All too often there are stories about how patients are stuck in hospitals because they don’t have help at home. I had five days in the hospital, and the first question that was asked before I was discharged – Is someone able to help you when you get home? Because if not, your staying a couple extra days. Thankfully the question was ‘yes’. But what about those people who are well enough to leave, but don’t have anyone to help them do the shopping, pick up prescriptions or deliver clean laundry.
Now drones could be deployed to help with these everyday tasks. Yesterday it was announced that Nats, the national air traffic control service that drones could safely co-exist with aircraft in the UK’s busy skies. This is a huge shift in how the regulator has previously viewed drones, especially because in the past they’ve said that drones need to be kept within in the sight of the person operating it.
According to The Times: “A trial system of drones co-exisiting with aircraft would be in place by the end of the year, with routine out-of-sight drone operations possibly starting next year or in 2020.”
I’m not saying that drones could take the place of social care workers; this is wholly about drones dropping vitals off to people who are well enough to be discharged from the hospital. If used correctly, it could help elevate some of the stress hospitals face when beds could be freed for incoming patients.
It’s 8pm on Friday. I turn my mobile off and hide my laptop under the bed. I plan to go the entire weekend without looking at either one. This will be my first digital detox. Something I’ve wanted to do for quite some time, considering I’m part of the average population who looks at their mobile at least 80 times a day. I feel invigorated. I tell myself I’m going to get so much done this weekend – and read a book – instead of mindlessly flicking between Facebook, Twitter, Whatsapp and the Daily Mail column of shame.
Saturday turns out to be nasty day. It’s raining. It’s cold. It’s just miserable. And when you have a two-year-old indoors all day, it can be hell. So I decide to check my weather app to see when the weather clears. I turn on my mobile, and straight away I see that I have three missed messages from my friend organising a playdate for next weekend. I message her back, then she messages me back. In the middle of waiting for her to respond, I flick through Facebook and Twitter. In the midst of this, I completely forget that I turned on my mobile to see the weather. To be honest, I didn’t even realise I was doing it. I just swiped my thumb to the next screen and touched the app.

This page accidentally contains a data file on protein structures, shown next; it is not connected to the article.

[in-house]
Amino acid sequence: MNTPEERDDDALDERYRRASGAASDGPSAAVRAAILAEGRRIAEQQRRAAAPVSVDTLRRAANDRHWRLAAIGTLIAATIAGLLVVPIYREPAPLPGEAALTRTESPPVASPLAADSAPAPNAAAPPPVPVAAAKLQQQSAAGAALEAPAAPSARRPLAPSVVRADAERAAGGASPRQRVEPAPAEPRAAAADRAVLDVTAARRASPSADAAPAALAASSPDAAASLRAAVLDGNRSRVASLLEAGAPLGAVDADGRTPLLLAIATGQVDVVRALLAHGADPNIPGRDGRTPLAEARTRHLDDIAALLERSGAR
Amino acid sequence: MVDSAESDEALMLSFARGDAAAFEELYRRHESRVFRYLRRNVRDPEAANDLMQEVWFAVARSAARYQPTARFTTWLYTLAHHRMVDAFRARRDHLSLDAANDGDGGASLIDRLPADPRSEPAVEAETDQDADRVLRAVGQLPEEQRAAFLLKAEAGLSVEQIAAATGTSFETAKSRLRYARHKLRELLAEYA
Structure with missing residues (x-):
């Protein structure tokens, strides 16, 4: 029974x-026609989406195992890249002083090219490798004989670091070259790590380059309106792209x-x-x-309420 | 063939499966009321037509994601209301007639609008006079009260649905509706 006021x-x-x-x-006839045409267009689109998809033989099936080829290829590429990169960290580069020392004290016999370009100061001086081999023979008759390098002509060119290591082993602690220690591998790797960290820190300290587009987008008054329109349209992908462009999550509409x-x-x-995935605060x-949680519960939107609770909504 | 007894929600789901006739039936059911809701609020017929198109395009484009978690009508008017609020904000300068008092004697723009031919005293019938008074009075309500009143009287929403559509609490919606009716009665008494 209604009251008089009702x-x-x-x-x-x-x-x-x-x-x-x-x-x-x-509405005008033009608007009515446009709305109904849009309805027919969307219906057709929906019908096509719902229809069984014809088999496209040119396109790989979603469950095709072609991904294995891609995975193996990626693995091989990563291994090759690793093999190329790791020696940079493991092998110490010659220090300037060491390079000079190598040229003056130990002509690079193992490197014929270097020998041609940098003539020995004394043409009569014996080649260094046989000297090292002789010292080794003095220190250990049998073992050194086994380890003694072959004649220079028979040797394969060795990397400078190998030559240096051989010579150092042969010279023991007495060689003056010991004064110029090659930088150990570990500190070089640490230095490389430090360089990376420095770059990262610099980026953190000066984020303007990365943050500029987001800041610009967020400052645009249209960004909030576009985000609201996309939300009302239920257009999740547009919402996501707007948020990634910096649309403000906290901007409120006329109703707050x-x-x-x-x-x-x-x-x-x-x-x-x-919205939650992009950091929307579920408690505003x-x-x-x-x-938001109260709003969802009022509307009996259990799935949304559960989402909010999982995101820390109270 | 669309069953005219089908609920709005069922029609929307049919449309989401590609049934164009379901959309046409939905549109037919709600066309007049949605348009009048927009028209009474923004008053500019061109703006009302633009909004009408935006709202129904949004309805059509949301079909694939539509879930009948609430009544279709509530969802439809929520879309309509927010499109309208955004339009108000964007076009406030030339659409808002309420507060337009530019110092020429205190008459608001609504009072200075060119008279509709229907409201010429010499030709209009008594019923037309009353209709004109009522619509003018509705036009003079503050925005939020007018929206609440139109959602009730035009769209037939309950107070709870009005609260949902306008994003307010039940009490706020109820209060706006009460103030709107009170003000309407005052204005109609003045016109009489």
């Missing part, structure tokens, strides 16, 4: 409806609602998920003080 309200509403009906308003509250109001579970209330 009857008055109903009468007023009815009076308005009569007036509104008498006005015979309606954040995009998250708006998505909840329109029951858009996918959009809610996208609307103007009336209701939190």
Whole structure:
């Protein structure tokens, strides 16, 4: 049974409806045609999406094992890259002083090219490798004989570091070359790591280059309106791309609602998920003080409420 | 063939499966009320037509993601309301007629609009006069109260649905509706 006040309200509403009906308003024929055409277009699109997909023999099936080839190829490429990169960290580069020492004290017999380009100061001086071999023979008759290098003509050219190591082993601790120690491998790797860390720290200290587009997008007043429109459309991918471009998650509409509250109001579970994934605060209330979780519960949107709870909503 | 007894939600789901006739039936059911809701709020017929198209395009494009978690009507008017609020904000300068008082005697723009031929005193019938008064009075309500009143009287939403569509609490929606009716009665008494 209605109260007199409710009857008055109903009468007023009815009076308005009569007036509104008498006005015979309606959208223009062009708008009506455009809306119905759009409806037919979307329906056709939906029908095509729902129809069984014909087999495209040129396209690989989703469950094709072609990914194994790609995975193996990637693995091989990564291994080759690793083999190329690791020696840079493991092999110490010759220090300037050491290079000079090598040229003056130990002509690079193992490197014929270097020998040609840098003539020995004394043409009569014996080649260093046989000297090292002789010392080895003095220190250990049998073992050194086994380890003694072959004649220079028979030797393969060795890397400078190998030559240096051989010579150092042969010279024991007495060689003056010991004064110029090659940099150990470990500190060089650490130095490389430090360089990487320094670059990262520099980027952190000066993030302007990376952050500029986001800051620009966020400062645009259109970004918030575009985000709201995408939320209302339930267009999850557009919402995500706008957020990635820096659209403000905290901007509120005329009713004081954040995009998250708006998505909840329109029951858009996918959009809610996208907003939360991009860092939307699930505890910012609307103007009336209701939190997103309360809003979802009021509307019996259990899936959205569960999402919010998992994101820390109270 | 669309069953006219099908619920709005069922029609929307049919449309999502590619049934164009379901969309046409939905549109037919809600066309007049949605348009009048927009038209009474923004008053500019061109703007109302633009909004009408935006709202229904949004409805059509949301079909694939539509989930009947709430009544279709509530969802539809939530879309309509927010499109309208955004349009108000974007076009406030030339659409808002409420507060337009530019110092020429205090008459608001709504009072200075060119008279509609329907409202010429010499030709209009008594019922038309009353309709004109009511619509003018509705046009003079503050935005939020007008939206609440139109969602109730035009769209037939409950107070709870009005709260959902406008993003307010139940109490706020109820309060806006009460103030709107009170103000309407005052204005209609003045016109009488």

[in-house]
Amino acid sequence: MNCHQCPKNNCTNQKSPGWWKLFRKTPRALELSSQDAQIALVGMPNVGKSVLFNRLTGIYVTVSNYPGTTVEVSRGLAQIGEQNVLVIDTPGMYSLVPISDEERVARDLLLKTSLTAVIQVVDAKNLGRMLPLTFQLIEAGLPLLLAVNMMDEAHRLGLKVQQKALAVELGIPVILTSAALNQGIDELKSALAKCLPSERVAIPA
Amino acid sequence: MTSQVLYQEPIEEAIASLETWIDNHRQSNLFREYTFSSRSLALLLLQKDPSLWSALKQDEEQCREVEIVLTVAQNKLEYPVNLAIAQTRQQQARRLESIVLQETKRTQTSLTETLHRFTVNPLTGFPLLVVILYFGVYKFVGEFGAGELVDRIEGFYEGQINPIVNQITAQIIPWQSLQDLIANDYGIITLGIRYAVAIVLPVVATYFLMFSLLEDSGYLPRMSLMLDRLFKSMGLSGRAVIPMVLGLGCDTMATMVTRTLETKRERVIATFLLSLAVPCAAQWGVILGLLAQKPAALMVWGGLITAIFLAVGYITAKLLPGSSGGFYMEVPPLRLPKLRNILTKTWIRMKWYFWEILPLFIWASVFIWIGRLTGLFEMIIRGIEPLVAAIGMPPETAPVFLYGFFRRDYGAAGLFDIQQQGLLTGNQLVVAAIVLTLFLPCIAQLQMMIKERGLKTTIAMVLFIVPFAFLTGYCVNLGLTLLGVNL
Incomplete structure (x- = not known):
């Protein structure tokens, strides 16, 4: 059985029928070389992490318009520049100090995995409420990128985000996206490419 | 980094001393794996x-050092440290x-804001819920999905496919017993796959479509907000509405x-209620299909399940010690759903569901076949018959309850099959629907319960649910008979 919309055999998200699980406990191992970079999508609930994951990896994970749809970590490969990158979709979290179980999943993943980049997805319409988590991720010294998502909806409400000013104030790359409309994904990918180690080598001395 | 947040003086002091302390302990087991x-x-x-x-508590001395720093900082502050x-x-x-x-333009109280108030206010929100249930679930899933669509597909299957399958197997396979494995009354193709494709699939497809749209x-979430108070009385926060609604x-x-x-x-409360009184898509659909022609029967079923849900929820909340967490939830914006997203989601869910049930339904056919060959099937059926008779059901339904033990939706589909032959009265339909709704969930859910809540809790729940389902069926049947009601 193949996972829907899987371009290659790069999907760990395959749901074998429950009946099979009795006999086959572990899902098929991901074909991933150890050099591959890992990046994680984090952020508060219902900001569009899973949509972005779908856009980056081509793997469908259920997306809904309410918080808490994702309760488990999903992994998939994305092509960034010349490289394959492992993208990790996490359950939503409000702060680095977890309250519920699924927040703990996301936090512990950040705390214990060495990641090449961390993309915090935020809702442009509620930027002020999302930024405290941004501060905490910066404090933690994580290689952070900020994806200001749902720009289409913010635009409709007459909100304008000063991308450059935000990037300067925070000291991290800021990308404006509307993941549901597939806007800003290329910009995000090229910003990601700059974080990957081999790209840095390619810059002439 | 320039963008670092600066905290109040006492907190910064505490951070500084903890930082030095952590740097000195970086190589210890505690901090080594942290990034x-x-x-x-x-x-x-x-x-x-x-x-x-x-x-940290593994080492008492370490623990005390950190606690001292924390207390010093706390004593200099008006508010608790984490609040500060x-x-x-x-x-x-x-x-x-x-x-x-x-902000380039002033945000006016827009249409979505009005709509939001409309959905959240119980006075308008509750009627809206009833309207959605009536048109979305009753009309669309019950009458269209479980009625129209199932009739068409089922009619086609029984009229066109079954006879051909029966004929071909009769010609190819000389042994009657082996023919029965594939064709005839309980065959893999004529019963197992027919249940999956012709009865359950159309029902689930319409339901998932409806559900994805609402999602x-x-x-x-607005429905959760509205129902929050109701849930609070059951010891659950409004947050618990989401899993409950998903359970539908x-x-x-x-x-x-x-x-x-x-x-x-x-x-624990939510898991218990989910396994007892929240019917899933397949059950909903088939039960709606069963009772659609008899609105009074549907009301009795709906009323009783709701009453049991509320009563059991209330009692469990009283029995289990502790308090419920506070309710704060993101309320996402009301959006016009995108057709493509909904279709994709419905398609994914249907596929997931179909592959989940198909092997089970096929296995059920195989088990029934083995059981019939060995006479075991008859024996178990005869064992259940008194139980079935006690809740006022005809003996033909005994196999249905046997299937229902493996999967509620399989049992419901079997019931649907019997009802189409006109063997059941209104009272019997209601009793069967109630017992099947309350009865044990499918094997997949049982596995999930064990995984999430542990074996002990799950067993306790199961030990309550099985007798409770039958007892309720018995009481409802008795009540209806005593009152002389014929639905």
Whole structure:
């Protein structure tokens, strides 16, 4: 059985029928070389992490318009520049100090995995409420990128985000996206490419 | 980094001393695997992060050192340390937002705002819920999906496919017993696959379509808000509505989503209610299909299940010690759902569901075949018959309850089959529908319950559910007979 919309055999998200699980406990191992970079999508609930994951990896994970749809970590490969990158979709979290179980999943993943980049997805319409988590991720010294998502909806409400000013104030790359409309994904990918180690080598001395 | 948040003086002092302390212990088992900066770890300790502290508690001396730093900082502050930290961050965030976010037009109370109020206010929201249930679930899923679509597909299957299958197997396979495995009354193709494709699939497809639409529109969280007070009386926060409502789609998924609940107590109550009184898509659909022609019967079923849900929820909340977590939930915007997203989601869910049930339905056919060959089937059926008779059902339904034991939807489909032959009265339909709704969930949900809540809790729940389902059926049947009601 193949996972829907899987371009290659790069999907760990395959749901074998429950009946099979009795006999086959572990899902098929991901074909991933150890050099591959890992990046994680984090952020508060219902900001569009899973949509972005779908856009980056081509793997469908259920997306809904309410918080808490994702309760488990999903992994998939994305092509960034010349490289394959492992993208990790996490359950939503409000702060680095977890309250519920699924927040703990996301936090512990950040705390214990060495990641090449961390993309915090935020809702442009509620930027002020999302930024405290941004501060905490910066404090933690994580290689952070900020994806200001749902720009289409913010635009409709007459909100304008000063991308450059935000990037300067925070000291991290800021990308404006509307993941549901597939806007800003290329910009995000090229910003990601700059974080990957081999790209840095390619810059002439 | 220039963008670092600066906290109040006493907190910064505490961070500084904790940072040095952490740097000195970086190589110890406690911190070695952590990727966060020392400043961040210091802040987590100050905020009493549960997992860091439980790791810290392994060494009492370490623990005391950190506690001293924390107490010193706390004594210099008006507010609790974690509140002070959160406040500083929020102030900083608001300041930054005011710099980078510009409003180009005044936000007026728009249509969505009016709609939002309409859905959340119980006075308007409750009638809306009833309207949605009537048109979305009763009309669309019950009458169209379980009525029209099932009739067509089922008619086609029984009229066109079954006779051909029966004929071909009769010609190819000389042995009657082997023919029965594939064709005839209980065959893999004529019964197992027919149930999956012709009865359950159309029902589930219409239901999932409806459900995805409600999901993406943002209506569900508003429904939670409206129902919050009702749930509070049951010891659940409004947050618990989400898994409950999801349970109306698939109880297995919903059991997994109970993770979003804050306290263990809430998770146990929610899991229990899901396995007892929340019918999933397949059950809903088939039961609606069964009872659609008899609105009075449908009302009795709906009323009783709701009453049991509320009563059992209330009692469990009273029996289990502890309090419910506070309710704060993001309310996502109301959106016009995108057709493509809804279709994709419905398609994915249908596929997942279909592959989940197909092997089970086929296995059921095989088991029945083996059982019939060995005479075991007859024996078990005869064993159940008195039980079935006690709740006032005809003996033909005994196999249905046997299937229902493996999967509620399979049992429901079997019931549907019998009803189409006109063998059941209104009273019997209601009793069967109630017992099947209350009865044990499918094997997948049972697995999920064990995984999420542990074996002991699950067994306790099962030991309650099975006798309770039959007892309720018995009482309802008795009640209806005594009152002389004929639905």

I’ve read that the best way to do a digital detox is to delete all social media apps. And while this sounds easy, I’m still hesitant – probably because I really am addicted to Facebook and Twitter – and I don’t end up doing it. Instead I turn my mobile off again. This time I make it until Sunday afternoon. That’s when my neighbor tells me that the national press has picked up on a story in the local area. Straight away I’m on my computer, reading through Twitter, Facebook and Instagram. Huge fail. MASSIVE FAIL.
And although I’ve failed, I’m pleased that I learned about this story from talking to my neighbour and not from my social media addiction. I’m going to try to detox again next weekend. I’ll keep you posted …
Yesterday tech editor at the New York Times, Pui-Wing Tam, interviewed Bloomberg tech journalist Emily Chang about her experience of covering Silicon Valley. It’s of no surprise that Emily is publicising gender imbalance in her soon to launch book Brotopia – this is something that has been written about extensively, especially because of ex-Uber engineer Susan Fowler’s Medium post and the #MeToo movement – but what I did find surprising is why she believes her three young sons would benefit from a more balanced tech community.
Pui-Wing Tam asks: You have three young sons, who you dedicate the book to. What are the implications for them?
Emily Chang response: When things got hard — because it’s not easy to report on sexism — I’d look at the boys and think “I’m doing this for them.” I really do think their lives will be better in a more equal world.
More importantly, Silicon Valley is controlling what we see, what we read, how we shop, how we communicate, how we relate to each other. This is not just tech’s problem. This is society’s problem. This is the industry that is having a greater influence on humanity than perhaps any other. And the same industry that changed the world can change this behavior.